Thursday, 16 July 2009

So How Long Do Glyphs Take?

In terms of a glyph industry, that is.  I was wondering about this, and decided to see how much time I put into it each day.

Where the magic happens.  By "magic" I mean "time and carefully planned effort", but it is the same thing after all.

  1. Cancel unsold glyphs
    4 minutes
    (There was 821 unsold today)
  2. Collecting unsold glyphs, part one
    9 minutes
    (This is the Priest/Rogue/Shaman/Warrior/Warlock glyphs. The 50-mail-at-a-time limit slows things down quite a bit here, as does the delay between emptying 50 and waiting for the next 50 to arrive)
  3. Back to the bank to change equipped inscription bags
    1 minute
    (I list so many glyphs that I can only work with half of them at a time.  It’s a little unwieldy, but I’ve made it work for me.)
  4. Collecting unsold glyphs and sales, part two
    12 minutes
    (This is DK/Druid/Hunter/Mage/Paladin glyphs.  See #2 for mail server delay complaints)
  5. Log onto Mingle, do Inscription Research, craft 10 of the new glyph
    2 minutes
    (Yay, I discovered the last Druid glyph!  Anyway, I only make the glyphs if they’re profitable – most glyphs discovered from Northrend research are, thankfully, so it’s then just a matter of finding out if they actually sell)
  6. Check Bingle’s inventory levels and queue glyphs needing to be restocked.
    24 minutes
    (Thanks to the BankItems addon, I can see Bingle’s stock levels from the tooltips in Mingle’s crafting list.  I also record sales in a handy Excel spreadsheet, which adds to the time it takes – however, the extra information is well worth the extra time invested)
  7. Brief interlude in Wintergrasp on Fingle with timer paused.
    - cue elevator muzak -
    Ding 1000? 
    (Yay!  Plus we won Wintergrasp back, so I scored three Marks)
  8. Start crafting, and mail the glyphs to Bingle
    4 minutes
    (57 glyphs today)
  9. Log back onto Bingle and perform a full scan with Auctioneer
    5 minutes
    (Not forgetting to set price levels for the new glyph I learnt and enable it for batch posting)
  10. Start batch-posting the first glyph set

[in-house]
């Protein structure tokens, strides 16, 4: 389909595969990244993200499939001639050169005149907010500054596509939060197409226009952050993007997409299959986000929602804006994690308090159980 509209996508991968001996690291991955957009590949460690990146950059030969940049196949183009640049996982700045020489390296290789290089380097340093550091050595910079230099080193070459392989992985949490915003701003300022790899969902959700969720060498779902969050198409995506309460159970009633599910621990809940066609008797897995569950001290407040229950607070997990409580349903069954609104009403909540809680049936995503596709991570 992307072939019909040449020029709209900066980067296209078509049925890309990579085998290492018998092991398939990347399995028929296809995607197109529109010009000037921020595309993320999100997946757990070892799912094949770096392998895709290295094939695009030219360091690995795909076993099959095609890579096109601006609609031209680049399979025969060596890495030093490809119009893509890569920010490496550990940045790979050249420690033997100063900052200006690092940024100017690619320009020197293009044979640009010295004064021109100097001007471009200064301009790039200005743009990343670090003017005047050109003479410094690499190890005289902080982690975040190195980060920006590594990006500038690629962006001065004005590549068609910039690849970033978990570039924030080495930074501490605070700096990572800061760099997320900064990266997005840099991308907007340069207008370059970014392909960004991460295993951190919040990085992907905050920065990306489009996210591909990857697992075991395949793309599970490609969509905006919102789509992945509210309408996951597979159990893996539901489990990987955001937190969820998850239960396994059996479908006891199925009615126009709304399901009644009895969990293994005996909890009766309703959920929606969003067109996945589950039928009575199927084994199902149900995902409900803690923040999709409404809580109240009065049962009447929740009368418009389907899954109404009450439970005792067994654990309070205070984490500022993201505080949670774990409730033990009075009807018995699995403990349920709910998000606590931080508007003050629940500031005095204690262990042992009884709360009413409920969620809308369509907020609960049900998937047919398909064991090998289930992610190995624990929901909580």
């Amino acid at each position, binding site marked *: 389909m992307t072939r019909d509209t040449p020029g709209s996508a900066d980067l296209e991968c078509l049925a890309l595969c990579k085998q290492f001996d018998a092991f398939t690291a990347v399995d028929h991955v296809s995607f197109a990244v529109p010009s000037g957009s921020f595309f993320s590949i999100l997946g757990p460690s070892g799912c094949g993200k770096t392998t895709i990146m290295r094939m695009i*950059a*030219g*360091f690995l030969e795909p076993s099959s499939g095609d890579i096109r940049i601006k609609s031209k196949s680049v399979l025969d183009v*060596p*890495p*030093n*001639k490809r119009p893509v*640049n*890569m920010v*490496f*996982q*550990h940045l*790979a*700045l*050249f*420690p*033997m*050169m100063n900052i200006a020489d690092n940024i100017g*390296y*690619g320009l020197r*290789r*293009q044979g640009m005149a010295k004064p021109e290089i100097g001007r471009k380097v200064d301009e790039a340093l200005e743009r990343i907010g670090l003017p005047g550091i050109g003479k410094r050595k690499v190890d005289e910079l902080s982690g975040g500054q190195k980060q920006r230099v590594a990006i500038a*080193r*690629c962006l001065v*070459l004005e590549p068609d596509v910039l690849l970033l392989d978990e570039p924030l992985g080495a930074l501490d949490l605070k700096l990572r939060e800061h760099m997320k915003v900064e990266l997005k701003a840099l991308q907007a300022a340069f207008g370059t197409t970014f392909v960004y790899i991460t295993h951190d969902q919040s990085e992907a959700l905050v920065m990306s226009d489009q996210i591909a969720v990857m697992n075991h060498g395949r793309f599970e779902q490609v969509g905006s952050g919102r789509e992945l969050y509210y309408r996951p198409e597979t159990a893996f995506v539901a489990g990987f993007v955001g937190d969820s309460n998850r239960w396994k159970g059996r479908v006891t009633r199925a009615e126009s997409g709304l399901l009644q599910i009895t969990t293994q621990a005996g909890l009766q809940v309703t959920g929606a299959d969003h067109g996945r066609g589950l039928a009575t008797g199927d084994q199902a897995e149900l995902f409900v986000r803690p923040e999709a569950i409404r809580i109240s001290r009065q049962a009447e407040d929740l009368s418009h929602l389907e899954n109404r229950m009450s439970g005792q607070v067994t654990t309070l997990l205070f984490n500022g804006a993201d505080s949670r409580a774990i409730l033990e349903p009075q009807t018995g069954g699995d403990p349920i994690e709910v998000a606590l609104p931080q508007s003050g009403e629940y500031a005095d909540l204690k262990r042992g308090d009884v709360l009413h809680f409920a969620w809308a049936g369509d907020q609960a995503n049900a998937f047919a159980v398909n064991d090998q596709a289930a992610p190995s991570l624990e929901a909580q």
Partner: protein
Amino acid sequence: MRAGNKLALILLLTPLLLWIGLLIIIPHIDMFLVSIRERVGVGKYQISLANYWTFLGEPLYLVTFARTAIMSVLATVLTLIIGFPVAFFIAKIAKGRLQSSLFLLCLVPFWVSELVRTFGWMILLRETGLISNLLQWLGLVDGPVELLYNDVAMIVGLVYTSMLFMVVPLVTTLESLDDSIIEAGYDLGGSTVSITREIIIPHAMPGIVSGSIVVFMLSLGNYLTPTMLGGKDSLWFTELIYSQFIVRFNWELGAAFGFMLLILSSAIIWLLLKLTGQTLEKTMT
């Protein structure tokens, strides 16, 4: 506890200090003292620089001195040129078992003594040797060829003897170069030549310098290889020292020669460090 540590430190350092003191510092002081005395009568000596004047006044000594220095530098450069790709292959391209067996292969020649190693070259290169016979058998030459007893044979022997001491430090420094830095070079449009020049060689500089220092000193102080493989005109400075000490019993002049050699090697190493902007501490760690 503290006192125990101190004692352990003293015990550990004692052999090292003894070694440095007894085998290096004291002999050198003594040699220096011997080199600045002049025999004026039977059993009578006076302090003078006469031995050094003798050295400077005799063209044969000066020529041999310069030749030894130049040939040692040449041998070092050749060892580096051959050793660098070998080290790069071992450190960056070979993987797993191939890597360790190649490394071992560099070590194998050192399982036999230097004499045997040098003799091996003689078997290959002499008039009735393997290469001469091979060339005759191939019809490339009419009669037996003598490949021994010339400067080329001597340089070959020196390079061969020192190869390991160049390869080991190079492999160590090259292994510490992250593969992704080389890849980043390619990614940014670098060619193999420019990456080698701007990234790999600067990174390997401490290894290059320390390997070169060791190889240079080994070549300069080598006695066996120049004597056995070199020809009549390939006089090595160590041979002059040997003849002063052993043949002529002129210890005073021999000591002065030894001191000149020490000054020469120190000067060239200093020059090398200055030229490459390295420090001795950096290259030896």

15 minutes
    (Fortunately I can go AFK to make myself a nice cup of tea while this runs.  Unfortunately I have to remain in the auction house while this runs, and it takes quite a while with the numbers I’m posting currently.  I’m currently listing 4 each of 120 glyphs, so it takes a while.)
  11. Back to the bank to equip the other bag set, the back to the AH to list the second half
    18 minutes
    (There’s fewer glyphs in this group, only 4 each of 112 glyphs.  Total glyph listed, 928)
  12. Profit!
    (Or at least, there will be tomorrow)

So, 94 minutes later, that’s how it’s done.  That’s 61 minutes where I have to pay attention to the computer, and 33 minutes (while batch-posting goes on) where I can do other activities (such as catching up on my daily browsing).  It’s not the quick and efficient setup that, say, Gevlon uses, but it turns a regular and respectable profit for me for an affordable investment in time.  (I use lower price-points than he does, which is why my stock is so much larger, and the result of larger stocks is more time spent managing it – I suspect I’d do well to rethink my approach at some stage)

At this stage I can calculate how much gold/hour glyphs make me (which I’m curious to actually work out – up until now I’ve just collected my gold without thinking about it).  I think I’ll be reducing the range of glyphs I’m making soon (again), as I didn’t realise just how much time the lower profit glyphs are costing me (and also how much they’ll be cutting into the profit from my higher-valued glyphs).

So I think what I’d taking away from this exercise is that a little careful analysis of your gold-making activities has the potential to save you time (and increase your profits).  But of course, YMMV.

For now though, my dailies are waiting.